Wednesday, December 27, 2017

A Delightfully Dogecoin-y Day

Christmas lunches with family are the best barometer for figuring out whether or not something has hit the mainstream. Bitcoin breached that barrier this year as our table slowly exhausted time-tested topics like the weather, noche buena food, and the days old chocolate cake that the host was flogging on us to avoid spoilage.  Given that everyone and their titos and titas are now talking about bitcoin and other cryptos, I won't bore you with any of my thoughts on the matter since I'm hardly a subject matter expert anyway.

What I do want to share with you is a delightful cryptocurrency (henceforth called "crypto" to save my fingers) I rediscovered called dogecoin.  I'd been reading about the proliferation of ICOs and given how it was supposed to be technically easy (I wouldn't know, since I don't code) I toyed with the idea of making a crypto for my company Squeaky Wheel as a bit of fun.  To see if anyone else had done something similar I did a google search for "ridiculous or funny cryptocurrencies.  Turns out Dogecoin had beat us to it. I faintly remember hearing about dogecoin and saw it as a silly little joke, but after leearning more, I'm convinced it was a stroke of accidental genius.

Bitcoin and other crypto advocates can be pretty cult-y once they've been converted.  Filled with the Spirit of Satoshi, they go forth and utter screeds against the evils of fiat currency and inflation, lamenting the control of big banks and government over our lives.  It's not that they're (entirely) wrong, its just that the self-seriousness and revolutionary fervor they projected often triggered involuntary eye-rolls on my part.  Dogecoin was the perfect counterpoint, injecting some humor and levity into the crypto community at large.

A hardcore community grew up rapidly around Dogecoin and took it very seriously, but in the most delightful of ways.  They call themselves shibes in honor of the original shiba inu that sparked the doge meme.  What's even more incredible is they seem to have figured out a way to grow and be open to new members without the toxicity that eventually overwhelms even the most well-intentioned communities. What exactly have the shibes been up to?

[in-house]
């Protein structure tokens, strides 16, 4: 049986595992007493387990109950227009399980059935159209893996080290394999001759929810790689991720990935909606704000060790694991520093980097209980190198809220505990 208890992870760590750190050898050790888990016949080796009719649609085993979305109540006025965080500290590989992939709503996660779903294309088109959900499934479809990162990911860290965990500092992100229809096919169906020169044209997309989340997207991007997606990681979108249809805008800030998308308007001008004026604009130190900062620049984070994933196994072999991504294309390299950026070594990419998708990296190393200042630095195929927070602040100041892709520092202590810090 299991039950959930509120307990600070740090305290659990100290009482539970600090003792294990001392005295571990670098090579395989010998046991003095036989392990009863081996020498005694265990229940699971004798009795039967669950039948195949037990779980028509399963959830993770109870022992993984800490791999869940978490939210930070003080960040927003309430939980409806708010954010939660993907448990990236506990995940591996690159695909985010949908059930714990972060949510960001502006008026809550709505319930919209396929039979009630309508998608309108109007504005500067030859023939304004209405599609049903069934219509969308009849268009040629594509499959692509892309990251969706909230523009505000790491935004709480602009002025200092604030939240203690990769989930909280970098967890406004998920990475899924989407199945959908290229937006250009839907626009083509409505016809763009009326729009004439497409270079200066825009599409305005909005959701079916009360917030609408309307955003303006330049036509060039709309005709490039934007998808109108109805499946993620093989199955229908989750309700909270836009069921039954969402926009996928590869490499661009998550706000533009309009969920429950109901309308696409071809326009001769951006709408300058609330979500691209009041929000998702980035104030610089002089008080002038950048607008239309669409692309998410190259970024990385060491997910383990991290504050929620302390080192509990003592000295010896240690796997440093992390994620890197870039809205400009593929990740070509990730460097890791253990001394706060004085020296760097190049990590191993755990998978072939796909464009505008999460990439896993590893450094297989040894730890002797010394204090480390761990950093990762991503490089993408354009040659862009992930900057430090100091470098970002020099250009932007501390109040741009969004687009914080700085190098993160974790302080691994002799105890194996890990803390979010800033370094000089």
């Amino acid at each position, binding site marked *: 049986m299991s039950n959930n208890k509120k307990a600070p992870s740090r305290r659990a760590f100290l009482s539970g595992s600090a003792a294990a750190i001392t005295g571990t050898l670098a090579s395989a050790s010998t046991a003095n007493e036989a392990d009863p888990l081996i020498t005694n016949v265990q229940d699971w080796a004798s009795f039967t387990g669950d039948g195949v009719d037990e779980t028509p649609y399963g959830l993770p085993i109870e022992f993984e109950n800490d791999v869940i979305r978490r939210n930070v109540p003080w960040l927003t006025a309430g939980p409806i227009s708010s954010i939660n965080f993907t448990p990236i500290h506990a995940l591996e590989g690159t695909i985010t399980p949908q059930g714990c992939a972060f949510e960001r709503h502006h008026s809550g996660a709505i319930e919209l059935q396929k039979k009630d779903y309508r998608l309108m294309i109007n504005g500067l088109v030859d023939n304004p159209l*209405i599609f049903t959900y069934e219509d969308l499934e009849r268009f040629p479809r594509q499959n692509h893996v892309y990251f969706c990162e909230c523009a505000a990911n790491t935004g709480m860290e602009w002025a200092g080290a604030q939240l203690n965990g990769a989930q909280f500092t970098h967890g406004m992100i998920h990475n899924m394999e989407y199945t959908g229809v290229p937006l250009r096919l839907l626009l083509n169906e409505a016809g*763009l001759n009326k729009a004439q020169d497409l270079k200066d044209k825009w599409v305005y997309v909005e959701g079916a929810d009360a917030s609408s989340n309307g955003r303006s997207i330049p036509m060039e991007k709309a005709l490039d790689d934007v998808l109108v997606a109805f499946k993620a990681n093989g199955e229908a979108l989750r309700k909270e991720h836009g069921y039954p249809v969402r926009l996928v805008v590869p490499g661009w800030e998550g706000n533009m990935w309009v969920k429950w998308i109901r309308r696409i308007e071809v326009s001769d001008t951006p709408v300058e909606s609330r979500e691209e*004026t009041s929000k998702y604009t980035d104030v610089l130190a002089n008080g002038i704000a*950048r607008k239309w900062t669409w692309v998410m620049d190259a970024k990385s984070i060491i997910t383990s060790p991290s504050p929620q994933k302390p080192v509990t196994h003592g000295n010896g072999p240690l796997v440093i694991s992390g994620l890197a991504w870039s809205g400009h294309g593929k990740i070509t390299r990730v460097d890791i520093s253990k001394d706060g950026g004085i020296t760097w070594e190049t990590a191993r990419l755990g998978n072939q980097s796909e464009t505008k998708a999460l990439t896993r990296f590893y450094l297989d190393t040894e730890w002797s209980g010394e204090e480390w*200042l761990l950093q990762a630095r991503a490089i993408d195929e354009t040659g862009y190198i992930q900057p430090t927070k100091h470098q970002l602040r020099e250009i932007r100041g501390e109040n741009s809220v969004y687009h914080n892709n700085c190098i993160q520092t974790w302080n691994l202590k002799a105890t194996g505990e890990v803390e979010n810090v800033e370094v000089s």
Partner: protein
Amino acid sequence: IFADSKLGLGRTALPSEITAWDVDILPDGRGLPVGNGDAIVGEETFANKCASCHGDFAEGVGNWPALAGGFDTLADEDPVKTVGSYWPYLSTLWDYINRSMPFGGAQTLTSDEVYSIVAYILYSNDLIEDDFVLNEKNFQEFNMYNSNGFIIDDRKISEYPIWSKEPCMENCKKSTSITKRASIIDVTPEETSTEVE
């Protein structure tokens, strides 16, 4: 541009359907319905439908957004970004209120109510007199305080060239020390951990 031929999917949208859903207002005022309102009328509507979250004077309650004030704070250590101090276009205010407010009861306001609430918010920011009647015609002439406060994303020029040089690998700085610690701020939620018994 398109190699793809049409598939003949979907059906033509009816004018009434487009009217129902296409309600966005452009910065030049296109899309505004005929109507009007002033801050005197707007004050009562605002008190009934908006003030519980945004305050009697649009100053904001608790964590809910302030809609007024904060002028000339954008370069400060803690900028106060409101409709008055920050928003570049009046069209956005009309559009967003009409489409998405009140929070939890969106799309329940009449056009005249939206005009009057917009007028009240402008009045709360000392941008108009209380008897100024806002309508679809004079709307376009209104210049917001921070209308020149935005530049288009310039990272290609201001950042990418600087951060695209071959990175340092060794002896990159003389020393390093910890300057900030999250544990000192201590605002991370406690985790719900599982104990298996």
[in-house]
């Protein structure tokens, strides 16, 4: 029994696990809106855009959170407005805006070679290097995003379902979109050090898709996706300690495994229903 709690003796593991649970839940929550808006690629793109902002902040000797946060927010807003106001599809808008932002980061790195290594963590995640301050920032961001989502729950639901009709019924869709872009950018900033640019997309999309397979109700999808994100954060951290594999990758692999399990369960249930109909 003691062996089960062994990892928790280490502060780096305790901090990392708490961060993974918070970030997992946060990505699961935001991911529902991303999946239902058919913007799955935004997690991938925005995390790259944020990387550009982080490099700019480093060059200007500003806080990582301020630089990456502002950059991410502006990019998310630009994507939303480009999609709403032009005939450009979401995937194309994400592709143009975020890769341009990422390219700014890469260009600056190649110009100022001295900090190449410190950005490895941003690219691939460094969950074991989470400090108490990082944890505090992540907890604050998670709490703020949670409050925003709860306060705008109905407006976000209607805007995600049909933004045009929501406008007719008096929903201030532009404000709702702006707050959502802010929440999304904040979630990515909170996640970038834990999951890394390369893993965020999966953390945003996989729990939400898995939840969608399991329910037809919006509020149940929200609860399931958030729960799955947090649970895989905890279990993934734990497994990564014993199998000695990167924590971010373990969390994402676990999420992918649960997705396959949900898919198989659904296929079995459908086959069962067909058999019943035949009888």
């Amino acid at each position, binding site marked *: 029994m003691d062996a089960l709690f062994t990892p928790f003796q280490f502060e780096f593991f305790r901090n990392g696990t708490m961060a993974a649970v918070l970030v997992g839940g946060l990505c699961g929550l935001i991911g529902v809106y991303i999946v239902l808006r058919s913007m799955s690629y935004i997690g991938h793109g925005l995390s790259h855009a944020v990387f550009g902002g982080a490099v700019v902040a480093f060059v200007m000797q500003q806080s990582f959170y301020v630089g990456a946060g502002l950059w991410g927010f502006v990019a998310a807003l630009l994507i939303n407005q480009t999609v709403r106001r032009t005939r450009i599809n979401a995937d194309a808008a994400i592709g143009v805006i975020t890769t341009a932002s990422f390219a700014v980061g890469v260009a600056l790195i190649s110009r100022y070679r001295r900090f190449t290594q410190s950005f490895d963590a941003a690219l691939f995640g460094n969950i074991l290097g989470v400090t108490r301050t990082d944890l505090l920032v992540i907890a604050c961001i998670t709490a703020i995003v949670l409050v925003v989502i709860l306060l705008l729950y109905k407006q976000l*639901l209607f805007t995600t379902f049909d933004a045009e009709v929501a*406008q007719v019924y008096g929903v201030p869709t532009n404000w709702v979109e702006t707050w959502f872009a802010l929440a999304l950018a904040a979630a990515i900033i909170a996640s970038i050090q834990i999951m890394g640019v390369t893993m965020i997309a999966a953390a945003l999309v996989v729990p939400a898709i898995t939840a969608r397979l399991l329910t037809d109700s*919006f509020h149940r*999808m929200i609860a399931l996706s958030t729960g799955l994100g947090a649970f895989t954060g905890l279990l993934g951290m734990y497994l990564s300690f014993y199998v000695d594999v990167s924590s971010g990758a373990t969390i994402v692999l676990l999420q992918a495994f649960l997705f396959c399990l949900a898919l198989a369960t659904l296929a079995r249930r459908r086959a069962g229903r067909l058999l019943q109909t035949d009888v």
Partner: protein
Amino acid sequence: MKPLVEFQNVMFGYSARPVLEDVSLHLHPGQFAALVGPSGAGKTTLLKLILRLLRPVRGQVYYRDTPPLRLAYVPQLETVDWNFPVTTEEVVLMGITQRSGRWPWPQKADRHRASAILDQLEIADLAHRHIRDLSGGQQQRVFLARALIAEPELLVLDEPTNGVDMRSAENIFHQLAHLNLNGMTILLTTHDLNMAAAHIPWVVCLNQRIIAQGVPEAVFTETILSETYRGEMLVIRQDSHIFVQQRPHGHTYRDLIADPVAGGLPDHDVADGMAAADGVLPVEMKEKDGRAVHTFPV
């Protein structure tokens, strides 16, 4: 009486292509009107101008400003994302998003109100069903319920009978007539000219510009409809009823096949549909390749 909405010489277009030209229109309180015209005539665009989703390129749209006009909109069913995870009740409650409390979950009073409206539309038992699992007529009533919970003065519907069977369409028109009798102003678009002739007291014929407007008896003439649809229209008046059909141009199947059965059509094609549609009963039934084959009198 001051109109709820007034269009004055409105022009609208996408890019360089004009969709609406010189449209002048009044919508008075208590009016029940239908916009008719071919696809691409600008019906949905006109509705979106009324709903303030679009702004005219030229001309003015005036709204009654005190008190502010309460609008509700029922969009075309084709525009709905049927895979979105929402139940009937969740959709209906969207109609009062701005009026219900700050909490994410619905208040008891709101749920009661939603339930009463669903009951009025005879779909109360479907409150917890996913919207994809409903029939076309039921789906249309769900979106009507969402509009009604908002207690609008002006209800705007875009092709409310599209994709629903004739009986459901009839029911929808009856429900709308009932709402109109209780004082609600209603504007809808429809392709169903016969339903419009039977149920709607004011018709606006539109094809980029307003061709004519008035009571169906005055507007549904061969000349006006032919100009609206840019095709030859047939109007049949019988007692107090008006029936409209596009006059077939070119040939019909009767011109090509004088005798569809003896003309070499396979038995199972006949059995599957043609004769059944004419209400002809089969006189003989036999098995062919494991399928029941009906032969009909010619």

They raised money to send a Jamaican bobsled team to the Sochi Olympics.  They built a well in Kenya with Charity : Water.  Currently they are buying socks for the homeless and milk for underprivileged people in Brazil. Of course they don't just restrict themselves to noble pursuits.  People organize fun competitions like this one to celebrate 2018 as "The Year of the Doge".   The first rule of the competition states, "Create a fun video about Dogecoin. It doesn’t need to make a lot of sense or be professional, it just needs to be FUN. Example:"

I decided I wanted to be a shibe and after doing some research on the dogecoin subreddit, I opted to help out the folks at by joining their folding at home team.  Donating spare computer cycles for medical research to earn Dogecoin that I might be able to use for charitable causes seems like the perfect virtuous cycle.

Like many others I've also invested a small portion of my money in the hopes that their value continues to rise. There's no doubt that the blockchain and cryptocurrencies are technologies that will change society in ways we do not yet understand.  But perhaps the best thing to come out of the world of crypto so far is that different kinds of cryptocurrencies can coexist with each other, and you can eventually pick and choose the crypto (and by default the community) that suits your personality.  Economist and author Bernard Lietaer once wrote that "For any “thing” to act as money, it requires a community to agree that a particular object has a certain value in an exchange."  So what's the value of Dogecoin? Much joke. Many Funs. Such Charitable. Wow.

Tuesday, May 19, 2015

My Urban Sketching Equipment

I've been experimenting with a different process lately with my Urban Sketching, and since the results have received a lot of praise (thanks!) and questions on medium and equipment I use I figured I would make a blog post about it.  Above is the sample of one of my recent sketches while in Intramuros.  I found a nice, shady spot on the wall with a good view of Manila City Hall as well as a food stall on the road below.